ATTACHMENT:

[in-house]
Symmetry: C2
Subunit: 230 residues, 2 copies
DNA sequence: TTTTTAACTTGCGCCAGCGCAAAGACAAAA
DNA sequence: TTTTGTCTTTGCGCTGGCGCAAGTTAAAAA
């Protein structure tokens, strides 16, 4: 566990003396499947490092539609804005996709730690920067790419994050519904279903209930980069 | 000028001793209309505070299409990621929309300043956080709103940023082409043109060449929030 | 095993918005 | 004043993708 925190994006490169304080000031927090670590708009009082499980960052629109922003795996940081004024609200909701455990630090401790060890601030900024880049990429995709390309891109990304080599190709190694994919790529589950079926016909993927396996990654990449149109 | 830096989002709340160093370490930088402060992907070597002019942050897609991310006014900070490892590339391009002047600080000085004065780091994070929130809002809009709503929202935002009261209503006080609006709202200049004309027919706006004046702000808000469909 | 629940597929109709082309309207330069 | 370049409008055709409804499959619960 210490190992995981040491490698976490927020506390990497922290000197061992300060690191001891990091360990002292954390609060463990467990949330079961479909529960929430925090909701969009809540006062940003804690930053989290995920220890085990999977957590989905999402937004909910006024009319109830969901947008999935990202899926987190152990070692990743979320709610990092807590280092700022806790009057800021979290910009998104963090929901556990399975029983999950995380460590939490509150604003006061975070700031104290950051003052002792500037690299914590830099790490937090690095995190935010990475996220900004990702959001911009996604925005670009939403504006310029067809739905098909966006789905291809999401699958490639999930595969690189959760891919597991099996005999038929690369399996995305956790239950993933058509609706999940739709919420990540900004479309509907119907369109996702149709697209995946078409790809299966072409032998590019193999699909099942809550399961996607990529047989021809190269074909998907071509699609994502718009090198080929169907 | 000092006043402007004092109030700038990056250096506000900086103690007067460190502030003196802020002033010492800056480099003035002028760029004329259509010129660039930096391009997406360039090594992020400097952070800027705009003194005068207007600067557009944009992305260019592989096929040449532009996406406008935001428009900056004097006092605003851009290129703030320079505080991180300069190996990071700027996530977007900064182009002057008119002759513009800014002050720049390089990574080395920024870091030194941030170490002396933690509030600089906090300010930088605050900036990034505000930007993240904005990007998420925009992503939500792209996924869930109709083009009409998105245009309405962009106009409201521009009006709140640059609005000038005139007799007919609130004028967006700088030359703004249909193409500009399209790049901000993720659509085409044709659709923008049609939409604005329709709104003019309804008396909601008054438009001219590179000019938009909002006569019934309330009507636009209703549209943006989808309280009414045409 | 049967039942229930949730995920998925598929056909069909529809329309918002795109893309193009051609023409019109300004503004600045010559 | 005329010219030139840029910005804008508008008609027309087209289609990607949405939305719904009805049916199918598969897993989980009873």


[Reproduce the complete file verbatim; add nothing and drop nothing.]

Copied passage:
[in-house]
Symmetry: C2
Subunit: 230 residues, 2 copies
DNA sequence: TTTTTAACTTGCGCCAGCGCAAAGACAAAA
DNA sequence: TTTTGTCTTTGCGCTGGCGCAAGTTAAAAA
């Protein structure tokens, strides 16, 4: 566990003396499947490092539609804005996709730690920067790419994050519904279903209930980069 | 000028001793209309505070299409990621929309300043956080709103940023082409043109060449929030 | 095993918005 | 004043993708 925190994006490169304080000031927090670590708009009082499980960052629109922003795996940081004024609200909701455990630090401790060890601030900024880049990429995709390309891109990304080599190709190694994919790529589950079926016909993927396996990654990449149109 | 830096989002709340160093370490930088402060992907070597002019942050897609991310006014900070490892590339391009002047600080000085004065780091994070929130809002809009709503929202935002009261209503006080609006709202200049004309027919706006004046702000808000469909 | 629940597929109709082309309207330069 | 370049409008055709409804499959619960 210490190992995981040491490698976490927020506390990497922290000197061992300060690191001891990091360990002292954390609060463990467990949330079961479909529960929430925090909701969009809540006062940003804690930053989290995920220890085990999977957590989905999402937004909910006024009319109830969901947008999935990202899926987190152990070692990743979320709610990092807590280092700022806790009057800021979290910009998104963090929901556990399975029983999950995380460590939490509150604003006061975070700031104290950051003052002792500037690299914590830099790490937090690095995190935010990475996220900004990702959001911009996604925005670009939403504006310029067809739905098909966006789905291809999401699958490639999930595969690189959760891919597991099996005999038929690369399996995305956790239950993933058509609706999940739709919420990540900004479309509907119907369109996702149709697209995946078409790809299966072409032998590019193999699909099942809550399961996607990529047989021809190269074909998907071509699609994502718009090198080929169907 | 000092006043402007004092109030700038990056250096506000900086103690007067460190502030003196802020002033010492800056480099003035002028760029004329259509010129660039930096391009997406360039090594992020400097952070800027705009003194005068207007600067557009944009992305260019592989096929040449532009996406406008935001428009900056004097006092605003851009290129703030320079505080991180300069190996990071700027996530977007900064182009002057008119002759513009800014002050720049390089990574080395920024870091030194941030170490002396933690509030600089906090300010930088605050900036990034505000930007993240904005990007998420925009992503939500792209996924869930109709083009009409998105245009309405962009106009409201521009009006709140640059609005000038005139007799007919609130004028967006700088030359703004249909193409500009399209790049901000993720659509085409044709659709923008049609939409604005329709709104003019309804008396909601008054438009001219590179000019938009909002006569019934309330009507636009209703549209943006989808309280009414045409 | 049967039942229930949730995920998925598929056909069909529809329309918002795109893309193009051609023409019109300004503004600045010559 | 005329010219030139840029910005804008508008008609027309087209289609990607949405939305719904009805049916199918598969897993989980009873």